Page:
26th Man Rule

From BR Bullpen

Original Rule[edit]

The 26th Man Rule was first adopted as part of Major League Baseball's Collective Bargaining Agreement approved in November 2011 and went into effect at the start of the 2012 season. The agreement included a recommendation of Commissioner Bud Selig's special committee for on-field matters to allow teams to add an extra player to their rosters under specific circumstances, notably when a team is playing a scheduled doubleheader.

Jeremy Hefner of the New York Mets was the first player to benefit from this rule, when he made his major league debut in the first game of a doubleheader against the San Francisco Giants on April 23rd.

The particulars of this rule are as follows (courtesy of The Cub Reporter website):

Beginning on MLB Opening Day up through August 31st, a club can temporarily add (recall or select) a 26th player to its MLB Active List on any day where two games are scheduled, as long as the second game was scheduled at least 48 hours in advance. If the second game was scheduled less than 48 hours in advance, a 26th man can be temporarily added to a club's MLB Active List for the second game of the doubleheader only.

  1. The "26th man" must be on the club's MLB Reserve List (40-man roster) or has to be added to the club's 40-man roster that day.
  2. The "26th man" does not have to be a pitcher.
  3. In the case of a doubleheader that is scheduled at least 48 hours in advance, the 26-man Active List limit is in effect for both games of the doubleheader, but the "26th man" cannot be switched between games.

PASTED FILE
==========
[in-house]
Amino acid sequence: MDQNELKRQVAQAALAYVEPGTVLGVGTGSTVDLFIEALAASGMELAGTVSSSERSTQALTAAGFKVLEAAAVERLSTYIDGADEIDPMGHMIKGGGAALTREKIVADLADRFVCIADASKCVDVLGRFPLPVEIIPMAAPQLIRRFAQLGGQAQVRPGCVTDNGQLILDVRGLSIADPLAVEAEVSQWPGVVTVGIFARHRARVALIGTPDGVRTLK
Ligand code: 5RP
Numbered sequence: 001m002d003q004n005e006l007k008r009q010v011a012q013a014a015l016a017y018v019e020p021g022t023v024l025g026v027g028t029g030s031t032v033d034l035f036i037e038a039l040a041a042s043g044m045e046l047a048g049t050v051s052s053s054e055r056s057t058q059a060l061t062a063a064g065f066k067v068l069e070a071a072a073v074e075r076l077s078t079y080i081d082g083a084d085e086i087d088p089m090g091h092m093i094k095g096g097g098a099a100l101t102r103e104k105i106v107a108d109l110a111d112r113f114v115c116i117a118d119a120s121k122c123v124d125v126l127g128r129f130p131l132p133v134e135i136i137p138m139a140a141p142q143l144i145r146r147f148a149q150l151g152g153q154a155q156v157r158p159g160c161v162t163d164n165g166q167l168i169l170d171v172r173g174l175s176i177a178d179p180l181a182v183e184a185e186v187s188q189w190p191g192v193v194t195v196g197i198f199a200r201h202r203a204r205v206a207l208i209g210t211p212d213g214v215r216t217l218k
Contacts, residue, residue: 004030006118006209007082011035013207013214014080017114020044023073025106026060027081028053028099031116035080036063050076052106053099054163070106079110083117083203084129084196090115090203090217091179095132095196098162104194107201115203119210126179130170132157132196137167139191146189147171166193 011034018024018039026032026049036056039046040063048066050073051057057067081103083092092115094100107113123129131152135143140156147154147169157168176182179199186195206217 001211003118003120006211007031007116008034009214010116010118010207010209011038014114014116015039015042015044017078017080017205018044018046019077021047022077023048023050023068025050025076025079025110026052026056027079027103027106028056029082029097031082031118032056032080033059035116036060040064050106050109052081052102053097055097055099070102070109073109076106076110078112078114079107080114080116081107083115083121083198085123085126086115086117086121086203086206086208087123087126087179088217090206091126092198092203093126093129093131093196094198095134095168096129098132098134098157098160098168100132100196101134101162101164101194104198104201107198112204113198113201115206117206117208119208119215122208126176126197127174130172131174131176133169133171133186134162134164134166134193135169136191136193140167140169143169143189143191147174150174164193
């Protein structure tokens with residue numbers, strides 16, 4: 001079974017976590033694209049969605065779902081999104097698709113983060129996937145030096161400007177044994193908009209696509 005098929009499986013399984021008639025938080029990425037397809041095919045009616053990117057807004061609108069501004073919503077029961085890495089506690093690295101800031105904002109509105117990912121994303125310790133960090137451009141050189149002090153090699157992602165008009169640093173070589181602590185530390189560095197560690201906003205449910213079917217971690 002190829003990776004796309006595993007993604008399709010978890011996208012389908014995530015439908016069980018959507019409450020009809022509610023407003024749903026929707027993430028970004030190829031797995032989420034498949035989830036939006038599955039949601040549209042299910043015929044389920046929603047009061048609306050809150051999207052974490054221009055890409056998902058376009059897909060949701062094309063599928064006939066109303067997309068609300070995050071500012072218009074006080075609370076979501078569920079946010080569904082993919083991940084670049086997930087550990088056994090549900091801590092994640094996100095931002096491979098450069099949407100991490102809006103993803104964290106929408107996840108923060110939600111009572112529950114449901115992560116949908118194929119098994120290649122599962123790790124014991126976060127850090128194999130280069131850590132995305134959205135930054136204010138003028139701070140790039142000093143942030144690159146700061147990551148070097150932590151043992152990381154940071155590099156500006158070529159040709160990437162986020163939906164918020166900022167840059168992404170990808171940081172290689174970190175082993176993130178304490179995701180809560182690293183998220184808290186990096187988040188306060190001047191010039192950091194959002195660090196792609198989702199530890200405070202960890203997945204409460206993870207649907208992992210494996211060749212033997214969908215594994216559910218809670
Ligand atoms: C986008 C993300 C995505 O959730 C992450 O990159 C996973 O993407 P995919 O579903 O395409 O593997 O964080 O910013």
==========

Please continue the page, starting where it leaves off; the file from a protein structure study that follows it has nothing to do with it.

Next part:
4. A player can be added to a club's Active List as the "26th man" even if he has not spent the minimum required 10 days on optional or outright assignment prior to being added.
  5. The player who was recalled as the "26th man" can remain on the Active List and a different player can be dropped the next day, as long as the "26th man" was not called up prior to spending at least ten days on optional assignment. NOTE: A player called up as the "26th man" prior to spending at least ten days on Optional Assignment could remain on the 25-man roster if the player replaces a player who is placed on the Disabled List (or other MLB inactive list) the day after the doubleheader.
  6. If a player is recalled as the "26th man" and is optioned back to the minors the next day, the "10-day rule" clock (prohibiting a player from being recalled until he has spent at least ten days on Optional Assignment, unless he is replacing a player who is placed on the DL or other MLB inactive list) does not start over again. However many days toward ten that the player spent on Optional Assignment prior to being recalled as the "26th man" counts.
  7. A player recalled as a "26th man" accrues one day of MLB Service Time.

The rule is sometimes referred to as the taxi squad, although that term has a wider meaning.

2020 Rule[edit]

In 2020 a new 26th man rule was introduced, allowing teams to carry one additional (26th) player on their roster during the period from Opening Day to September 1st, with the explicit proviso that this be a position player. This was combined with limits on the number of pitchers that can be so designated on the roster, all in order to limit the proliferation of relief pitchers on the playing roster, to the point that certain teams - especially in the American League - would play games with only two or three available substitutes, including the back-up catcher. This was considered negative as it severely limited in-game strategy, and was likely to lead to problems in cases of extra innings, injuries or player ejections, to the detriment of fans.

Related Sites[edit]